Harry Brown created The Permanent Portfolio, which is a four-way, 25% split across asset categories of:
Long-term Treasury Bonds
Short-term Treasury Bills
These assets are maintained in a 4-way equal split and rebalanced annually or whenever any asset exceeds 35% of total portfolio or falls below 15%. This rebalancing ensures that you are always selling high and buying low.
The portfolio works because there are a finite number of economic environments, and at least one of the asset classes will thrive during that time period and compensate for the losses in the others.
Deflation: Bonds and cash do well. Gold and stocks do poorly.
Inflation: Cash and Gold does well. Bonds do poorly.
Prosperity: Stocks do well. Bonds and gold do poorly.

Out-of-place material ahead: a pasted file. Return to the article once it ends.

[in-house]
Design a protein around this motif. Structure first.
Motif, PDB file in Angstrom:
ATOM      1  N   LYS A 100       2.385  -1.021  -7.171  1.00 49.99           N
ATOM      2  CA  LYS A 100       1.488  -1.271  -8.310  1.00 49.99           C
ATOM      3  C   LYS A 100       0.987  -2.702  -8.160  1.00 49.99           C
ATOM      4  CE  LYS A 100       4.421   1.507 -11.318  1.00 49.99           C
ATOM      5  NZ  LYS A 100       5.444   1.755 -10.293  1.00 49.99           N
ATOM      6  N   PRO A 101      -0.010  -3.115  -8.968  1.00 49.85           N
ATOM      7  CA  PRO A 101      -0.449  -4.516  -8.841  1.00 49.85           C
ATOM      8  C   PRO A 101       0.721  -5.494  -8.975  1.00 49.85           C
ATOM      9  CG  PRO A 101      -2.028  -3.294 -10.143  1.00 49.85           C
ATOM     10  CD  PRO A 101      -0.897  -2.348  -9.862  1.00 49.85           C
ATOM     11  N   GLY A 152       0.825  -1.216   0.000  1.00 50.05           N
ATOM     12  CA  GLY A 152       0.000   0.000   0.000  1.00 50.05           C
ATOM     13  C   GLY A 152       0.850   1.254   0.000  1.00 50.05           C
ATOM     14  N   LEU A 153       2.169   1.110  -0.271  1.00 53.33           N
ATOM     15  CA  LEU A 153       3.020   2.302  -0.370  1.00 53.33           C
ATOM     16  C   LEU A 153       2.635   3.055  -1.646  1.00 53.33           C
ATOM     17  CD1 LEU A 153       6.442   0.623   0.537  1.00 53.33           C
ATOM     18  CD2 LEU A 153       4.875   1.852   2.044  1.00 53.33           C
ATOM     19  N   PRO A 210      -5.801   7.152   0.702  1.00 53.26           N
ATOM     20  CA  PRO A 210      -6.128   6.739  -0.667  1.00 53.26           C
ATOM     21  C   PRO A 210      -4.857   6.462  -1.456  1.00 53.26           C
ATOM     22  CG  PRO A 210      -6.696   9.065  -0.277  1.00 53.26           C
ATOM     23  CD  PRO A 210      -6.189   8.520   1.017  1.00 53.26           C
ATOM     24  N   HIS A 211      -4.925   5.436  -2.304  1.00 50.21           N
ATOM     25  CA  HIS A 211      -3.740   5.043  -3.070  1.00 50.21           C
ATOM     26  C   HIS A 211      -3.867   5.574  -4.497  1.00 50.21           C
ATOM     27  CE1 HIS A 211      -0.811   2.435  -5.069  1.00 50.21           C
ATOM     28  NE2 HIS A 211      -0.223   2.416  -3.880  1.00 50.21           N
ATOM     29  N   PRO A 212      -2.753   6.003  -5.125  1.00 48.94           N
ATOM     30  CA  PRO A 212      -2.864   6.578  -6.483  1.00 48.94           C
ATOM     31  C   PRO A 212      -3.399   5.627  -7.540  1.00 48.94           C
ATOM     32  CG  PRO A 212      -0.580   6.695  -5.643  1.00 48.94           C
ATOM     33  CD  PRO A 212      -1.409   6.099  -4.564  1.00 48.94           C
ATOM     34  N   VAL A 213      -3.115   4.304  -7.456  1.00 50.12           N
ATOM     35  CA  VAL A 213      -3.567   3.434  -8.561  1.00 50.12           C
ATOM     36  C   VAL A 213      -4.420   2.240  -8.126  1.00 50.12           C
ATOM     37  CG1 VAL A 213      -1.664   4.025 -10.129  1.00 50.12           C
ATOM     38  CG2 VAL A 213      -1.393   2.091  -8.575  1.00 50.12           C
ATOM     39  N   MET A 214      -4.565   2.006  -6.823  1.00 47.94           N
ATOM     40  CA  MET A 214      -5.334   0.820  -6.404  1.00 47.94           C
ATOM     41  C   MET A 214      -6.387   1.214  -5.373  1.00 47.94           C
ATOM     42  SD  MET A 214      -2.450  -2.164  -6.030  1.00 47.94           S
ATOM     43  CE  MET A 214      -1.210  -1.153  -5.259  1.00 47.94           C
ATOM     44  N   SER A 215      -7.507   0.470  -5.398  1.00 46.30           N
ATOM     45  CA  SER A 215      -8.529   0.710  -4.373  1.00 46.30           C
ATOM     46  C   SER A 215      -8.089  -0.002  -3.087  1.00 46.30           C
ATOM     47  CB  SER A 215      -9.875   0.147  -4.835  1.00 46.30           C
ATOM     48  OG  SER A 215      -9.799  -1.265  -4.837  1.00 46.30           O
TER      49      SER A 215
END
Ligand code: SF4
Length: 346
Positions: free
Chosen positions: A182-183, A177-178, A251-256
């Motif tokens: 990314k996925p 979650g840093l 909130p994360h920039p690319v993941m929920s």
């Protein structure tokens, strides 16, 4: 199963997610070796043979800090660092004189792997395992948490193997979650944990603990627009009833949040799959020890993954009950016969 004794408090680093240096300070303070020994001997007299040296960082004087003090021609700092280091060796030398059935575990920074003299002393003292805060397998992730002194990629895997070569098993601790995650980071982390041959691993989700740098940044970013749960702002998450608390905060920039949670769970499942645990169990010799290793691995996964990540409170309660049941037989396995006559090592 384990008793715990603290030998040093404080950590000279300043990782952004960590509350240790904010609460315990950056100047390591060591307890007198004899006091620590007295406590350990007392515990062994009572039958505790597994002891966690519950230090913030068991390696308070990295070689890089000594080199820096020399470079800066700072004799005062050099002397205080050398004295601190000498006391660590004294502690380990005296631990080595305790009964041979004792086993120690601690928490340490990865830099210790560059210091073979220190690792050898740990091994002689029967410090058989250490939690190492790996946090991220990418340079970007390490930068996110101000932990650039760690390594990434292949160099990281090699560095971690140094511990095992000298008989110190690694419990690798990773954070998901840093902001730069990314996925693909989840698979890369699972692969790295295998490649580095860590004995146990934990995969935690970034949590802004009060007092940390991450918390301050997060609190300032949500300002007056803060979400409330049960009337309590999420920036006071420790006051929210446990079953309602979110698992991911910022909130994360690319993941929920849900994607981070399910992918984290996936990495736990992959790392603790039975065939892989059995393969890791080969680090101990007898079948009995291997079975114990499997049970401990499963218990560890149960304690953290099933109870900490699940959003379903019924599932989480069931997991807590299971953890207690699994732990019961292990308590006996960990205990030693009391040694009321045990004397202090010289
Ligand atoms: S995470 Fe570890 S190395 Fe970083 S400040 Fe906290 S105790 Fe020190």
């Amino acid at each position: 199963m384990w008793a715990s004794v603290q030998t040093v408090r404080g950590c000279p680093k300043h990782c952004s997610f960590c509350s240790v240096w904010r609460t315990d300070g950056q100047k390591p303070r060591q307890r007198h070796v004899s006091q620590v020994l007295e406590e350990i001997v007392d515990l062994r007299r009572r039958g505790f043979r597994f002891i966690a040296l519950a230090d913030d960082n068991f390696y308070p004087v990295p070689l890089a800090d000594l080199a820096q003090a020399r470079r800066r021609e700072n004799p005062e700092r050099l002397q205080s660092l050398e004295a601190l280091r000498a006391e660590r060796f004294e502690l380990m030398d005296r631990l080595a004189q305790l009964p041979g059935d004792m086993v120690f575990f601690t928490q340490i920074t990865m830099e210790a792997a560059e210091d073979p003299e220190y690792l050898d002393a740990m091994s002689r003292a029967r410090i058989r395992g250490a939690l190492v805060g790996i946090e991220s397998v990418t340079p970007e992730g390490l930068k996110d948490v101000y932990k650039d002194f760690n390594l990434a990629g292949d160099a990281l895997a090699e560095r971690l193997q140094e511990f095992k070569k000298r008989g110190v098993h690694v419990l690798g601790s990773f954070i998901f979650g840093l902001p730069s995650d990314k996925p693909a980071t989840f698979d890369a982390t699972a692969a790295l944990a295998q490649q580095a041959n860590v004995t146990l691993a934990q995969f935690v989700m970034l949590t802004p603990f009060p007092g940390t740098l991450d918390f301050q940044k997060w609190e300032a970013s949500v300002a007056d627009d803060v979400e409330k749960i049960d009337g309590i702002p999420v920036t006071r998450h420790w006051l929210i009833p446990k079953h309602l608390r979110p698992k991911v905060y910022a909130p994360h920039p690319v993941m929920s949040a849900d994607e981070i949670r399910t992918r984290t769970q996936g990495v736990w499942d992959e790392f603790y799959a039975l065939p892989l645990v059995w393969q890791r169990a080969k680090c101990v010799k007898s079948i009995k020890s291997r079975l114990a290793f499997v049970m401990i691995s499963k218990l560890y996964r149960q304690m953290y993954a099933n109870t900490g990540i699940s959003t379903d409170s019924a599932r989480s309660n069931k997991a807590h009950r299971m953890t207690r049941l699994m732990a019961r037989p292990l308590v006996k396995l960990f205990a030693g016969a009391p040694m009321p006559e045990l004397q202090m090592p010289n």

Recession: Cash does well. Stocks do poorly.
When the last big stock market drop happened in 2009, the PP gained around 2% because long-term treasury bonds carried the entire portfolio.
There’s another forum (gyroscopic investing) dedicated to the PP, and a great book (which I haven’t read, but I’m told it’s brilliant) by Craig Rowland (CraigR) and JM Lawson (MediumTex). The topic of the PP has come up on Bogleheads many times in the past and CraigR maintained a long thread on it in the past. Bogleheads disapprove of the PP because of the high gold allocation. They make statements such as “only want as much gold as is in their wife’s jewelry.”
I find the PP to be a low-volatity method of investing because despite of the high volatility of underlying assets, the overall volatility is very low. Feel free to ask any questions you have about the PP and I will answer them.